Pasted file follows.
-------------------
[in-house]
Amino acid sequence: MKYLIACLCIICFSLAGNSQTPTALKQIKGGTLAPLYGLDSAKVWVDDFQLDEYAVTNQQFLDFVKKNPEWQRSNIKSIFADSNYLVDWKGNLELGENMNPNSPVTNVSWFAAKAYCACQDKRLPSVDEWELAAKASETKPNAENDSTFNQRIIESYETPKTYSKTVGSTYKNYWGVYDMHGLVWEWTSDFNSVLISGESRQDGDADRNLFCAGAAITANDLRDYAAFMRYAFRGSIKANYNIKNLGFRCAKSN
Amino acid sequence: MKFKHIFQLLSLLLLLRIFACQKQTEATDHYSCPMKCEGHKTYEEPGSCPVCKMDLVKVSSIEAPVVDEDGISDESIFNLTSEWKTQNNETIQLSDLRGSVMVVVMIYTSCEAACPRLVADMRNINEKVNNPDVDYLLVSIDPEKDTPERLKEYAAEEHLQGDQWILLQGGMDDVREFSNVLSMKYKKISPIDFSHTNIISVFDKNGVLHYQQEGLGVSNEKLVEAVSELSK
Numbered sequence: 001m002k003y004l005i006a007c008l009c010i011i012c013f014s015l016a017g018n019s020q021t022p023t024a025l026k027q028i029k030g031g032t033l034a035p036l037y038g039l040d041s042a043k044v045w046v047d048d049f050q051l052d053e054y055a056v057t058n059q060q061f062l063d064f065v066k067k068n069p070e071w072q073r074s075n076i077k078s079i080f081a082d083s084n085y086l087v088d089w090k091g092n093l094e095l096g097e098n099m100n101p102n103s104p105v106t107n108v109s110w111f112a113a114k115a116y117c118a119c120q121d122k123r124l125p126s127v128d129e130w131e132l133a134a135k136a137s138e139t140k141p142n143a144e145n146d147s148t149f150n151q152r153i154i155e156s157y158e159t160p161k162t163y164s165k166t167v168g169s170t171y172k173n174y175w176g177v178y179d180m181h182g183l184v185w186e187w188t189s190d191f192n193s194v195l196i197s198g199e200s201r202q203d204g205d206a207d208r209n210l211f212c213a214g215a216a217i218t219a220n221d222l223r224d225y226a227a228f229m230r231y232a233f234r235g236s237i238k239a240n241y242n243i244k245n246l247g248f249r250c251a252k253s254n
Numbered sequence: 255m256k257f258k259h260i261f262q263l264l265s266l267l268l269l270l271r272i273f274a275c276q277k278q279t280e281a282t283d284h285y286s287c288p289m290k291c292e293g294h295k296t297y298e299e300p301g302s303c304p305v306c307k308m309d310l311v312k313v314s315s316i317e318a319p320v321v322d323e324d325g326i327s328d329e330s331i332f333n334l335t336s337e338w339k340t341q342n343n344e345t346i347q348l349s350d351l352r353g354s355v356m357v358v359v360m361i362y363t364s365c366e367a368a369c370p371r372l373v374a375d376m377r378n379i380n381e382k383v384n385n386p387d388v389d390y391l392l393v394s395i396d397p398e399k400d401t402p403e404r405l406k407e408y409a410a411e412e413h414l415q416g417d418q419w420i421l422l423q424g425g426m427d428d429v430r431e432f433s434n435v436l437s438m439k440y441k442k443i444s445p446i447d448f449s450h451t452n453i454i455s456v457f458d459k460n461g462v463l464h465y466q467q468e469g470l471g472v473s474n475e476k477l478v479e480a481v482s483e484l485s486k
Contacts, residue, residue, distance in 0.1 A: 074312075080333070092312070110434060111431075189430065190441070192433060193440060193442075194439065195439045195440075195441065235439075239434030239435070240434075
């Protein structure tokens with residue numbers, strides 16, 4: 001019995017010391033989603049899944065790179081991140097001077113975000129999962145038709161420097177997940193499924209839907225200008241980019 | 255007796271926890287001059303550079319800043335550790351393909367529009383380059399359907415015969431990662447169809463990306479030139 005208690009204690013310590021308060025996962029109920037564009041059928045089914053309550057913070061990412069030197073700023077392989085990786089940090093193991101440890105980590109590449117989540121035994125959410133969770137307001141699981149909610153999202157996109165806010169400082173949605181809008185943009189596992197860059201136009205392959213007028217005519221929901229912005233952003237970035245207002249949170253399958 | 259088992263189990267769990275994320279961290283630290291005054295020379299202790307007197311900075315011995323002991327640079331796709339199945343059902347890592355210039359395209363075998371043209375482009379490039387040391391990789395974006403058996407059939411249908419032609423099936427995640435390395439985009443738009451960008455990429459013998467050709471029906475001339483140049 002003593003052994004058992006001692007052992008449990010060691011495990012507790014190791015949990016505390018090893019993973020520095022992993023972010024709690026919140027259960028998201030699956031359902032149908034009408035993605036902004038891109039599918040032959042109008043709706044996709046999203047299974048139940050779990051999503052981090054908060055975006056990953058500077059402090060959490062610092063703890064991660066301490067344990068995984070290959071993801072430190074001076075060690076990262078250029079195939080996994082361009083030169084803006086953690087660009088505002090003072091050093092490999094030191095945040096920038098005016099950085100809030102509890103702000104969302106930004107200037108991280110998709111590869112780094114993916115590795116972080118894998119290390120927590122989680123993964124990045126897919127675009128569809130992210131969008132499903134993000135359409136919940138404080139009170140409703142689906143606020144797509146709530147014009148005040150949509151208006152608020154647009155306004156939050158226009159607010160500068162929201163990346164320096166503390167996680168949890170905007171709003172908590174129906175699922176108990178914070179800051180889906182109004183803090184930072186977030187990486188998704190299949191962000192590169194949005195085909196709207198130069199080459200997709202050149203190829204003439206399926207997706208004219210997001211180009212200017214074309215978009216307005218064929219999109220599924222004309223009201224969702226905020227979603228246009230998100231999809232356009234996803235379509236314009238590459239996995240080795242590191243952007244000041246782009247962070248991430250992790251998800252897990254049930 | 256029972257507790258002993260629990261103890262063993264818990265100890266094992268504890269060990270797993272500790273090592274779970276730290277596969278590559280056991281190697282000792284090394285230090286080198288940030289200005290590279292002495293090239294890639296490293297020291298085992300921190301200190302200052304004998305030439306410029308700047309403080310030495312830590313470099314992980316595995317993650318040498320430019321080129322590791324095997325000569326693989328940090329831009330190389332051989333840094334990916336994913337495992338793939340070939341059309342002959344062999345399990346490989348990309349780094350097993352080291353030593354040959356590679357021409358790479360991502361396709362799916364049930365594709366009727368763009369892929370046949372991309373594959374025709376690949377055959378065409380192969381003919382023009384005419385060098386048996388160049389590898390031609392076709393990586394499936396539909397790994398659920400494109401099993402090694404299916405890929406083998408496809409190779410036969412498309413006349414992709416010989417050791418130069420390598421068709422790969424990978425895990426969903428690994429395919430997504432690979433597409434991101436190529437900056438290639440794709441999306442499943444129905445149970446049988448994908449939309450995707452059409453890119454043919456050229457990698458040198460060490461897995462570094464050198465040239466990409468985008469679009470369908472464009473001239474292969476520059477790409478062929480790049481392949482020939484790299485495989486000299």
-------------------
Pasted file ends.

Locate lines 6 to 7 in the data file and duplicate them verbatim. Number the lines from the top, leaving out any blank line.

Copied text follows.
Contacts, residue, residue, distance in 0.1 A: 074312075080333070092312070110434060111431075189430065190441070192433060193440060193442075194439065195439045195440075195441065235439075239434030239435070240434075
């Protein structure tokens with residue numbers, strides 16, 4: 001019995017010391033989603049899944065790179081991140097001077113975000129999962145038709161420097177997940193499924209839907225200008241980019 | 255007796271926890287001059303550079319800043335550790351393909367529009383380059399359907415015969431990662447169809463990306479030139 005208690009204690013310590021308060025996962029109920037564009041059928045089914053309550057913070061990412069030197073700023077392989085990786089940090093193991101440890105980590109590449117989540121035994125959410133969770137307001141699981149909610153999202157996109165806010169400082173949605181809008185943009189596992197860059201136009205392959213007028217005519221929901229912005233952003237970035245207002249949170253399958 | 259088992263189990267769990275994320279961290283630290291005054295020379299202790307007197311900075315011995323002991327640079331796709339199945343059902347890592355210039359395209363075998371043209375482009379490039387040391391990789395974006403058996407059939411249908419032609423099936427995640435390395439985009443738009451960008455990429459013998467050709471029906475001339483140049 002003593003052994004058992006001692007052992008449990010060691011495990012507790014190791015949990016505390018090893019993973020520095022992993023972010024709690026919140027259960028998201030699956031359902032149908034009408035993605036902004038891109039599918040032959042109008043709706044996709046999203047299974048139940050779990051999503052981090054908060055975006056990953058500077059402090060959490062610092063703890064991660066301490067344990068995984070290959071993801072430190074001076075060690076990262078250029079195939080996994082361009083030169084803006086953690087660009088505002090003072091050093092490999094030191095945040096920038098005016099950085100809030102509890103702000104969302106930004107200037108991280110998709111590869112780094114993916115590795116972080118894998119290390120927590122989680123993964124990045126897919127675009128569809130992210131969008132499903134993000135359409136919940138404080139009170140409703142689906143606020144797509146709530147014009148005040150949509151208006152608020154647009155306004156939050158226009159607010160500068162929201163990346164320096166503390167996680168949890170905007171709003172908590174129906175699922176108990178914070179800051180889906182109004183803090184930072186977030187990486188998704190299949191962000192590169194949005195085909196709207198130069199080459200997709202050149203190829204003439206399926207997706208004219210997001211180009212200017214074309215978009216307005218064929219999109220599924222004309223009201224969702226905020227979603228246009230998100231999809232356009234996803235379509236314009238590459239996995240080795242590191243952007244000041246782009247962070248991430250992790251998800252897990254049930 | 256029972257507790258002993260629990261103890262063993264818990265100890266094992268504890269060990270797993272500790273090592274779970276730290277596969278590559280056991281190697282000792284090394285230090286080198288940030289200005290590279292002495293090239294890639296490293297020291298085992300921190301200190302200052304004998305030439306410029308700047309403080310030495312830590313470099314992980316595995317993650318040498320430019321080129322590791324095997325000569326693989328940090329831009330190389332051989333840094334990916336994913337495992338793939340070939341059309342002959344062999345399990346490989348990309349780094350097993352080291353030593354040959356590679357021409358790479360991502361396709362799916364049930365594709366009727368763009369892929370046949372991309373594959374025709376690949377055959378065409380192969381003919382023009384005419385060098386048996388160049389590898390031609392076709393990586394499936396539909397790994398659920400494109401099993402090694404299916405890929406083998408496809409190779410036969412498309413006349414992709416010989417050791418130069420390598421068709422790969424990978425895990426969903428690994429395919430997504432690979433597409434991101436190529437900056438290639440794709441999306442499943444129905445149970446049988448994908449939309450995707452059409453890119454043919456050229457990698458040198460060490461897995462570094464050198465040239466990409468985008469679009470369908472464009473001239474292969476520059477790409478062929480790049481392949482020939484790299485495989486000299």